Tuesday, January 9, 2018

Newsweek mischaracterizes Houdini's Wild Man as a geek act

Newsweek has released a special issue celebrating P.T. Barnum and "The Circus - 110 Years of the Greatest Show on Earth." In an article titled "The Circus Hall of Fame," Houdini is featured along with a nice two page photo (from The Grim Game). The accompanying paragraph discusses how Houdini once performed as a "Wild Man" at the Welsh Bros. Circus during his struggling days. That part is true.

However, it then goes on to say Houdini's Wild Man was a "geek" act, in which one bites the heads off live animals. That is not true. Nowhere is it said Houdini's Wild Man was a geek. Geeks tended to be mentally impaired men or alcoholics lured into the despicable act with money. Geek shows where largely frowned upon, and the Welsh brothers took pains to present a "wholesome" show, with strict rules of conduct spelled out in performers contracts. There was even a clause protecting female performers from harassment (yes, in 1898).

What little we do know about "Projea, the Wild Man of Mexico" is that Houdini, in face paint with frazzled hair, was fed raw meat by ringmaster Clint Newton (Houdini quit after being hit in the eye with a piece of meat). It's also said Houdini used sleight of hand to make it appear he was consuming cigarettes thrown into his cage by the audience. He would then distribute the cigarettes among his fellow circus performers. Not sure why Newsweek didn't go with these known details, but...

You can buy Newsweek's The Circus Special Edition HERE. Newsweek is owned by IBT Media.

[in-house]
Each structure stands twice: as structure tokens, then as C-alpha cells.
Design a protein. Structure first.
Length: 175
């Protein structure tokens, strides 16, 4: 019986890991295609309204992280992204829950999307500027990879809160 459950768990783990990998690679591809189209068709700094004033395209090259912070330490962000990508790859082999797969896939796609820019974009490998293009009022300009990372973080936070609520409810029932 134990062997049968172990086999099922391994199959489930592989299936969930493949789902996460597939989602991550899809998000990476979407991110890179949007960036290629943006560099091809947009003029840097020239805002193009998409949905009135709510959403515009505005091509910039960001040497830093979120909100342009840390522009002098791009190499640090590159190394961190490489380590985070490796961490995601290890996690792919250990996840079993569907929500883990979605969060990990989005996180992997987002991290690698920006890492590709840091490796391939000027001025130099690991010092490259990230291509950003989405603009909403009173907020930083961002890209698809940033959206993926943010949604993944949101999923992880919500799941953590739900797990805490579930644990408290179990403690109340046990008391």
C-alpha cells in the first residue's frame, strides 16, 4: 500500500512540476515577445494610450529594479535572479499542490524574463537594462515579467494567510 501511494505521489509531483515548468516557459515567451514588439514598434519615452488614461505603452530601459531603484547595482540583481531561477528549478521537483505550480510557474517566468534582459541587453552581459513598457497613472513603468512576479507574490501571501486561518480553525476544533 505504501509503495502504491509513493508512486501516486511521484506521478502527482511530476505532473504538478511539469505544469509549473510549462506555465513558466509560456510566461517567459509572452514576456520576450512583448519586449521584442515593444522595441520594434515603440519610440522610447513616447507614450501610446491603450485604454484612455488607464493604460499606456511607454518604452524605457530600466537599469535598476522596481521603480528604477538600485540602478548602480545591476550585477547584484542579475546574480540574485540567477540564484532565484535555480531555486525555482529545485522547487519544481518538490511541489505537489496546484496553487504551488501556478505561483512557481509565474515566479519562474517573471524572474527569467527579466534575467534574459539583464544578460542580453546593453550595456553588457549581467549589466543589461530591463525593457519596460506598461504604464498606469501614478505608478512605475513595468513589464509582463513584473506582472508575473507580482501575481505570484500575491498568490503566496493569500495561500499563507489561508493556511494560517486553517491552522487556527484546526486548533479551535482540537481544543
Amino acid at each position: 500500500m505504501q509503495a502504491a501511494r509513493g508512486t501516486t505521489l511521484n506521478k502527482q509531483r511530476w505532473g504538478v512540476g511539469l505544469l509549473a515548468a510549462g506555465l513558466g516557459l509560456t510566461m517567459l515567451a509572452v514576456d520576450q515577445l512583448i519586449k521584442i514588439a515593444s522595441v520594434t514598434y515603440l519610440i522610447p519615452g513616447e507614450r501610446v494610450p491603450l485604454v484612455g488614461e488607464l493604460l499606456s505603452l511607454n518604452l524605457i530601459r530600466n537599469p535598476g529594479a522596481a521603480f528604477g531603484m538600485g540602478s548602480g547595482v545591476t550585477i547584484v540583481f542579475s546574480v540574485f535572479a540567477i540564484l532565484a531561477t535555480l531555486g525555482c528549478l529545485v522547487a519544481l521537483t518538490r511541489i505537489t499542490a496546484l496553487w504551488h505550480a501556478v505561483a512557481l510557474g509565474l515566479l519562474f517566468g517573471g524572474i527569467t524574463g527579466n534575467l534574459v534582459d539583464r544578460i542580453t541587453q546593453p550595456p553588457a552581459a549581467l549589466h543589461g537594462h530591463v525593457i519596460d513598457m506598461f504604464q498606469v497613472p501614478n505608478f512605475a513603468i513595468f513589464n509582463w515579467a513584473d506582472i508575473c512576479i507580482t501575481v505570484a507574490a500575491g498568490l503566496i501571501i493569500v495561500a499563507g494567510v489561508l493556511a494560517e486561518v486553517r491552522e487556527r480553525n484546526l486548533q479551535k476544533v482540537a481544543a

Thanks to Dorothy Dietrich and Dick Brookz for the alert.



  1. I'm not an expert on the circus, but I'd have to guess that Houdini's time with the Welsh Brothers is hardly a major event in circus history.

    1. Ha, that's true. It was hardly a major event in his own history.

  2. Disagree. He spent 2 seasons with this circus. Rare, steady work where he was able to hone in and develop routines that would serve him the rest of his life. He also would begin to be featured and headline as evidenced by ads of the circus during this period.
    Houdini Museum, Scranton, PA
    The Only Building in the World Dedicated to Houdini

    1. This would turn out to be the longest engagement or booking of his entire career!

    2. That is true. I'm not sure how long the 1895 run was, but I know 1898 was 25 weeks. Indeed the longest.

    3. Okay, I now know the 1895 engagement lasted approximately 23 weeks.

      I think Harry and Bess might have been happy with the 1895 tour for all the reasons you mentioned. But I don't think HH felt great about his return in 1898. I think he must have felt stuck in place, and he was correct. From what I find, he's much less active with outside handcuff escapes, etc. than he was with the California Concert Co. at the start of the year. Silverman shows several "blue funk" diary entries at this time, and HH records that the last two weeks of the tour "seemed like eternity." And it was after this tour that he offered up his act for sale.

      BTW, I found a curious clipping showing The Houdinis with the Welsh Bros. in 1899! (Post Martin Beck.) Could be the newspaper just reprinted an old article not realizing the 1899 acts were now different. Or maybe Harry and Bess did a one nighter with the Circus on their way to San Fransisco? Fun idea.